One of the major American Regionalist painters along with Thomas Hart Benton and John Steuart Curry, Grant Wood was born in Anamosa, Iowa, and spent his childhood in Cedar Rapids.  Unlike Curry and Benton, he never moved East but remained in the Middle West where he found inspiration for his paintings of prosperous farms and people reflecting idealized American values.

However, his work was set apart from many regionalists in that provoked both laughter and social indignation.  A good example Daughters of Revolution, 1932, depicting the aloof smugness of women who regarded themselves as emblematic of the country’s founding values   This painting was a retaliation by Wood against DAR members who had criticized him for completing their window in Germany instead of America.  Much of his satire was good natured and humorous.

For two summers, Wood attended the Minneapolis School of Design and Handicraft and Normal Art as a student of Ernest Batchelder, and he had brief times of study at Iowa State University and the Art Institute of Chicago from 1913 to 1916.  After World War I, he taught high school art in Cedar Rapids.

Asserting that he “had to go to France to appreciate Iowa,” he had several trips abroad, and in 1923 enrolled in the Academie Julian in Paris, but he determined to make his life in Iowa because “all the really good ideas I’d ever had came to me while I was milking a cow.”

In 1932, he was co-founder of the Stone City Art Colony and Art School and he became director of the Public Works Art Project in Iowa.  He was also an Associate Professor of Fine Arts at the University of Iowa.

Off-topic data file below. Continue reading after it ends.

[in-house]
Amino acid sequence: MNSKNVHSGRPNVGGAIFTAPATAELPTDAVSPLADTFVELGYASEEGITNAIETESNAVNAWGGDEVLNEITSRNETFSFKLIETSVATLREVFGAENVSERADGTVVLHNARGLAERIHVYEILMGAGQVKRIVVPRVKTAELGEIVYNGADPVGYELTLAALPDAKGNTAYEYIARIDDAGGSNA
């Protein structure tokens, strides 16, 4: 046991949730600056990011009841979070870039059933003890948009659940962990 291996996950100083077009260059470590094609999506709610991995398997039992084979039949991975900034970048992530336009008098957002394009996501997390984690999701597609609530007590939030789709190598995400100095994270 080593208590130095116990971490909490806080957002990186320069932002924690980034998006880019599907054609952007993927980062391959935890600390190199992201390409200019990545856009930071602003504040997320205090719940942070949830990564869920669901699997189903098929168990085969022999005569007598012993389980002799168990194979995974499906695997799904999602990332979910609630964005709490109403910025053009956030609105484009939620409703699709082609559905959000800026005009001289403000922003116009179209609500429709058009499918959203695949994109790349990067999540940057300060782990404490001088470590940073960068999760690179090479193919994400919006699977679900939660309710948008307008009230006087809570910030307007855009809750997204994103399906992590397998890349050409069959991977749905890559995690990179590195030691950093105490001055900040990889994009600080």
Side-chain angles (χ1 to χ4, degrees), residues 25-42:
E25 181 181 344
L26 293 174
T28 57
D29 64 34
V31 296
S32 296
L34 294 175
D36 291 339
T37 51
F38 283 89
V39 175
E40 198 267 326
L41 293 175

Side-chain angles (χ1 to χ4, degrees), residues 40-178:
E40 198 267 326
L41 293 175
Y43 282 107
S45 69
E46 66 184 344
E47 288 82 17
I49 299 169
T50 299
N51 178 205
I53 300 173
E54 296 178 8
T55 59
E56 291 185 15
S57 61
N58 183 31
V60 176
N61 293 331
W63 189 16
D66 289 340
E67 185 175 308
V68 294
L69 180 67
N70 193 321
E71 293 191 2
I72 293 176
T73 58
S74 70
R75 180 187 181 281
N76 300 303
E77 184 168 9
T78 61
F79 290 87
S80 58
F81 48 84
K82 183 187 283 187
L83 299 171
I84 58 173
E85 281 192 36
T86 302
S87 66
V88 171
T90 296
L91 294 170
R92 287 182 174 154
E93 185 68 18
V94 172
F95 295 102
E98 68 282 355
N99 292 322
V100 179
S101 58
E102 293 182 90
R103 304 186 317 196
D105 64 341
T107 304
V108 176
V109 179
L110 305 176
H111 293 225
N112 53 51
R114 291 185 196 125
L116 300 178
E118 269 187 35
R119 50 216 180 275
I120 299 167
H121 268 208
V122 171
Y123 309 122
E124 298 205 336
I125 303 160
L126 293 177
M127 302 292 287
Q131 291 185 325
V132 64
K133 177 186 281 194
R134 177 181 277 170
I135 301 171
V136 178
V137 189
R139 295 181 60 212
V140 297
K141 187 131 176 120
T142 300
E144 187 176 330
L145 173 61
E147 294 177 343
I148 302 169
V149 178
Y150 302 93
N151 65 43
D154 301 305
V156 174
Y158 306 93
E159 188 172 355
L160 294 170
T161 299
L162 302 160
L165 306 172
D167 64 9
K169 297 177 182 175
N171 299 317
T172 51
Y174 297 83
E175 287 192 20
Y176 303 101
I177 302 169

His work can be divided into two periods, the first being views of Cedar Rapids, other landscapes including scenes of Europe, and a few portraits.  However, in 1928, his work changed when he traveled to Munich to oversee the making of a stained-glass window for the Cedar Rapids Veterans Memorial Building commissioned by the Daughters of the American Revolution.  Seeing the severe, austere new style of painting in Germany combined with work from the late Gothic period, he developed a unique new style of his own that treated mid-western subjects with Gothic overtones, satire, and caricature.

In 1930, he produced his first major landscape painting, Stone City, that had exaggerated perspective and unique naive treatment.  From that time, his paintings had a simple innocence and fantasy that transported the viewer into another world, often that of a child.

He also did many murals and a few lithographs, completing nineteen between 1937 and 1942, the year he died of cancer at age 50 in Iowa City.

Sources include:
Matthew Baigell, Dictionary of American Art
Michael David Zellman, 300 Years of American Art